New Homes

Priced right

The Santiago contains no surprises

The open design lets in light and is perfect for entertaining.
This home is ideal for a small family because it is both affordable and efficiently designed.
Family room highlights include a five-tiered storage/display tower and ribbon-style fireplace.
The kitchen features a huge island and pendant lighting.
The master-suite is located on the second floor and features abundant natural lighting and a fully-appointed master bathroom.
The master-suite is located on the second floor and features abundant natural lighting and a fully-appointed master bathroom.

When it comes to show-home prices, it's best prospective buyers be very aware.

Some homes come with price tags that don't reflect what they will cost once a buyer adds all the upgrades they want.

In the case of The Santiago -- Broadview Homes' show home at 262 Edward Turner Drive in Sage Creek -- the price does reflect what options included in the home.

"This home is priced at $397,500," Broadview sales representative Debra Mosher said. "That price includes a long list of upgrades that include landscaping, a 20-foot by 20-foot (detached) garage, landscaping, a cultured stone exterior, island kitchen with pendant lights, ribbon style fireplace, framed lower level and much more."

That said, the two-storey home, which has 1,620 sq. ft., can be acquired for considerably less.

"If you're a family on a budget and are looking for more of a move-up home, you can get this home for about $345,000 without the extras," she said. "This is a home that's ideal for a small family because it's such an efficiently designed home."

Because The Santiago is relatively compact by today's oversized standards, the design has to be efficient. That efficiency is evident the moment you step inside. Unlike many of today's new home designs, the floor plan is semi open-concept, starting with a mid-sized foyer with a dining room to its left and powder room to its right.

While the dining room opens up the foyer, a wall neatly separates it from the kitchen, lending a more formal feel to the space. At the same time, a four-foot-wide entrance ensures the flow between the great room (kitchen and family room) is seamless.

"Everyone's different, but I like the fact the dining room is separated from the great room," said Mosher. "It's a good-sized, yet intimate space that's ideal for entertaining. It's also a bright space, thanks to three big windows on its rear wall. Carpeting also makes it a distinct space. The contrast between it and the laminate hardwoods in the foyer is very eye-catching."

Broadview's design team chose to go with portobello-stained laminates for two reasons, she added.

"They're not only beautiful due to their different, lighter tone, but they're also very durable. That's incredibly important for a young family, as regular hardwoods don't stand up to traffic as well as high-end laminates."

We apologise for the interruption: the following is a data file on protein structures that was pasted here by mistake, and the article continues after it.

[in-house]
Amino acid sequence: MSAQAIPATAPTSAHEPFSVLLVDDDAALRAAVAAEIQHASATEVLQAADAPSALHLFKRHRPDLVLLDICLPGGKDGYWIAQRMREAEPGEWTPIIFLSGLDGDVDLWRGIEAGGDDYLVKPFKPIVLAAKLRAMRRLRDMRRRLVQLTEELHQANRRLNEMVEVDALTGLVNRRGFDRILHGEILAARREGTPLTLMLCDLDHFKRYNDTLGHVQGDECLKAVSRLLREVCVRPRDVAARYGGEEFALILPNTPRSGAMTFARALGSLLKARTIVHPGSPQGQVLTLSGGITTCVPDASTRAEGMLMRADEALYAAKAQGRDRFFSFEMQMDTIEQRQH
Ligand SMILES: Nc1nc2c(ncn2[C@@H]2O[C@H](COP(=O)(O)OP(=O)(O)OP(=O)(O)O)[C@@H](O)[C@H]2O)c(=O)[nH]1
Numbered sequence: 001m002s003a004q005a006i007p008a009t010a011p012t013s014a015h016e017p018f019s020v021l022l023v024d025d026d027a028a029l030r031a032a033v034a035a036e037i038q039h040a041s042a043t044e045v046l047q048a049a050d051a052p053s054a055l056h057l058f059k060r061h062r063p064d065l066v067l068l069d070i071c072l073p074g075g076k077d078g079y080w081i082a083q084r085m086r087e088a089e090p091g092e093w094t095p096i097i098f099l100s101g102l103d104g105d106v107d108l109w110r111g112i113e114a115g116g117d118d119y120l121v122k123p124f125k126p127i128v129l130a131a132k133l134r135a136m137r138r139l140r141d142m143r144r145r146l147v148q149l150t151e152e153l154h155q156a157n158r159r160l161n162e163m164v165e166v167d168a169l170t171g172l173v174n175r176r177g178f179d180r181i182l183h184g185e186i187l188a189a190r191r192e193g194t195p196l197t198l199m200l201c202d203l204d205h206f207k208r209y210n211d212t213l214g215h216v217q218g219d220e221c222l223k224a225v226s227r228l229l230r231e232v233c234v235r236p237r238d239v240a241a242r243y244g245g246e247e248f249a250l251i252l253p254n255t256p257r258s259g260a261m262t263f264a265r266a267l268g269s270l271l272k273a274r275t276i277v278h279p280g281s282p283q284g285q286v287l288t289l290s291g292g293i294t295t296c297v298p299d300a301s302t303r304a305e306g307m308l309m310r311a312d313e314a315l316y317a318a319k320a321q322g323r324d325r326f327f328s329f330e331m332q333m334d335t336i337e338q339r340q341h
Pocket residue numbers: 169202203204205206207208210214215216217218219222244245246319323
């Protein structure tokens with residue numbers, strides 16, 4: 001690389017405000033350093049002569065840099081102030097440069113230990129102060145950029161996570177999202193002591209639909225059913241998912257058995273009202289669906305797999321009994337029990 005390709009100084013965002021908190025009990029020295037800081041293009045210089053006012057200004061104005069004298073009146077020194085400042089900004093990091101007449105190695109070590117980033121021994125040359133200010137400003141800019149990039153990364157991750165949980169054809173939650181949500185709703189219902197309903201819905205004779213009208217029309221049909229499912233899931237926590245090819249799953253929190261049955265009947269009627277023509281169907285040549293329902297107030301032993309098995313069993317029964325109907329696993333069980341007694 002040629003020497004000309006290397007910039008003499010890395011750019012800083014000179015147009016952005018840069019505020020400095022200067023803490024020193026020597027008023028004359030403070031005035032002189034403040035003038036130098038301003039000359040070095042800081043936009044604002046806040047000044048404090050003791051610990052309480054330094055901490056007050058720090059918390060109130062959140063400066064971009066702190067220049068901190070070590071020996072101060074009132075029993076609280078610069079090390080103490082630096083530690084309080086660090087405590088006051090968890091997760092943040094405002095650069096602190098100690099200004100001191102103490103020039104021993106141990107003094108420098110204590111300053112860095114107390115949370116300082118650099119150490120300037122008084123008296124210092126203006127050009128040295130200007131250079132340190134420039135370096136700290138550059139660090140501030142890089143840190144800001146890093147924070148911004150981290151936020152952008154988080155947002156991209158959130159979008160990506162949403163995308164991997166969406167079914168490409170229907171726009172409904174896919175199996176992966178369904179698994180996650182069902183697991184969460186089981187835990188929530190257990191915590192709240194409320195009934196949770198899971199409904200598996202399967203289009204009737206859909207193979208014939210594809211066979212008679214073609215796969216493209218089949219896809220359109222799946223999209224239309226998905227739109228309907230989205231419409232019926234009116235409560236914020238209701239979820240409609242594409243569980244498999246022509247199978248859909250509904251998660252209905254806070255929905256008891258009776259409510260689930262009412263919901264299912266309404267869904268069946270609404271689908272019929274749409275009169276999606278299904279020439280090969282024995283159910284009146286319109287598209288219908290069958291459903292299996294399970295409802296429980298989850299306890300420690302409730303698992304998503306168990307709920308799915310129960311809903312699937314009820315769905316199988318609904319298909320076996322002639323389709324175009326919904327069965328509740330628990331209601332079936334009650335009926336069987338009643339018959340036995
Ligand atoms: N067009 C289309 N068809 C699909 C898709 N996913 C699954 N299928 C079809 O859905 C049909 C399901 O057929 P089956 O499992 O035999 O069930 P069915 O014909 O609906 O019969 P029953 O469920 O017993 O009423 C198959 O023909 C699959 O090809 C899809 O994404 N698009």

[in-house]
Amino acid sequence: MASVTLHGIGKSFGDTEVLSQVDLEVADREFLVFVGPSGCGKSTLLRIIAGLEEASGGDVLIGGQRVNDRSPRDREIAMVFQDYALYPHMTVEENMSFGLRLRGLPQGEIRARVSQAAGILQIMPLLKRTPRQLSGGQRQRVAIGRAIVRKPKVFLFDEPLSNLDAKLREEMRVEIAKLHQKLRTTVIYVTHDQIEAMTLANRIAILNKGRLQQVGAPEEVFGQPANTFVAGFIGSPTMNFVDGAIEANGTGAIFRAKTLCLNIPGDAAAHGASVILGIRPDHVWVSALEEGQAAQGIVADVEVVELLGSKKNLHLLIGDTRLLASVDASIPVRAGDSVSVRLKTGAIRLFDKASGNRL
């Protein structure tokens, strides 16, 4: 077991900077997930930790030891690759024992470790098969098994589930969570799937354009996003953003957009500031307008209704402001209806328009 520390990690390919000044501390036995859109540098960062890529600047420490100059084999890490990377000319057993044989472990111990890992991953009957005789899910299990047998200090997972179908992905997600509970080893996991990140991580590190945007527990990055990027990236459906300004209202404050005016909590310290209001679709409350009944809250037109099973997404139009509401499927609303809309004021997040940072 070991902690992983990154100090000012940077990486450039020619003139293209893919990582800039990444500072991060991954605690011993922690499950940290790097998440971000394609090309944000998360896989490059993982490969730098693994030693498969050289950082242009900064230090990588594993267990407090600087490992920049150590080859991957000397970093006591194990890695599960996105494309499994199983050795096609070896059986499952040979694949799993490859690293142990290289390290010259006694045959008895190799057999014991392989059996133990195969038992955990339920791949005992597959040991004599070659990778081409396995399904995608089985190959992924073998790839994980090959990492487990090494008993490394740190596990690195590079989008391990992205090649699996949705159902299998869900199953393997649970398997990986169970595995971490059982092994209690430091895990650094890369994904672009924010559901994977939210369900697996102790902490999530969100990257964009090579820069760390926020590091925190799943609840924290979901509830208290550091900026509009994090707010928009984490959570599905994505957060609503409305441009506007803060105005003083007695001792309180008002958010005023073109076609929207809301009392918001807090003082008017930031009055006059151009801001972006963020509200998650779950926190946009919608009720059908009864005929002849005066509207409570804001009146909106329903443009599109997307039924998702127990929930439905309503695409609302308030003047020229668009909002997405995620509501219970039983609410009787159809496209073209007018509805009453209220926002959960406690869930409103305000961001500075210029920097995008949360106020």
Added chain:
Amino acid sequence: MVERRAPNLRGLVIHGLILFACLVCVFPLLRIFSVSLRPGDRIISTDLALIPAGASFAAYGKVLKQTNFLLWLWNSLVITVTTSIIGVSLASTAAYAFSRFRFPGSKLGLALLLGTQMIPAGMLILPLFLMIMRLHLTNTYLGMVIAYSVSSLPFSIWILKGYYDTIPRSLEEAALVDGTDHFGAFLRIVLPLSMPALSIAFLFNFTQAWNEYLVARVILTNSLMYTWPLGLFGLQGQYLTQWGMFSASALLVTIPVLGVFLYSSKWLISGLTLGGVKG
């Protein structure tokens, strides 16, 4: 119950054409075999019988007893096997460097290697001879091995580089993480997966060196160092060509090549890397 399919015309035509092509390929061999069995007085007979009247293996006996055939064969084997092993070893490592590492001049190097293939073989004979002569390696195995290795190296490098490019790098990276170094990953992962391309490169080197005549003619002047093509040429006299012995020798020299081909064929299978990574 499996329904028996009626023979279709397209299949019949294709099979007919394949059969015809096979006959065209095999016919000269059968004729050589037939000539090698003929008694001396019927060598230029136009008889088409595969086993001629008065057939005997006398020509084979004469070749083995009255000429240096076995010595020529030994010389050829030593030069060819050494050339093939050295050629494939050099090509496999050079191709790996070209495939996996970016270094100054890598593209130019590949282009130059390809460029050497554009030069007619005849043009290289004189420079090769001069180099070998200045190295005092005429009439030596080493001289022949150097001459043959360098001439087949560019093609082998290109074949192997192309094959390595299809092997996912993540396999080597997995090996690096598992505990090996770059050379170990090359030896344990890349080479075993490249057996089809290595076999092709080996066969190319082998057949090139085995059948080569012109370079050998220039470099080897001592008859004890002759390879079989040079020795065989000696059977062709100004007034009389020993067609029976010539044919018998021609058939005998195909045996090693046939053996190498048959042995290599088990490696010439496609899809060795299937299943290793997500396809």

The ergononomic excellence exemplified in the foyer/dining room area extends into the great room. Several clever design tricks were used to make the area feel larger than it is.

First, a cut-out on the wall leading into the great room allows for a view of the family room, and for light emanating from a bank of three windows on the rear wall to flow into the foyer. Second, the two spaces (kitchen and family room) are perfectly proportioned.

"While the kitchen is a good size (10.6 feet by 14.4 feet), it feels even bigger because the island is just the perfect size at four feet by three feet," Mosher said. "It opens up the kitchen and is very functional. Light cabinets, taupe (laminate) countertops and a tan tile backsplash with circular details provide make for a different look that's a nice change from dark tones."

The family room feels larger than its listed square footage (15.7 feet by almost 14 feet) due in part to a cantilevered entertainment unit that saves space and offers style with its chocolate brown background, five-tiered storage/display tower and ribbon-style fireplace.

"It's an area that's ideal for entertaining. There's lots of room to spread out with company, and flow between it and the kitchen is excellent," she added.

The upper level is notable for two things: its excellent use of space and brightness.

The brightness comes from two large windows over the stairs; the ergonomic excellence is derived from a compact landing that frees up space in the three bedrooms, which are well-proportioned. Both secondary bedrooms are more than 10 feet by 10 feet.

Then, there's the master suite, which is pleasingly spacious at 12.1 feet by 14.2 feet.

"I think it's a serene, calming space due to its colour scheme (taupe walls with white baseboards, door trim, window trim and chic white/tan blinds and bronze curtains)," said Mosher. "Two vertical windows on the rear wall and an oversized transom window over the bed let in loads of light; a three-piece ensuite with corner shower, dark oak vanity and big walk-in closet provides style, and function. And the main bathroom is one of the nicest anywhere with all its space, light and beautiful finishes."

Thanks to its clever layout, The Santiago is an efficient design that delivers a pleasing combination of value, style and utility.



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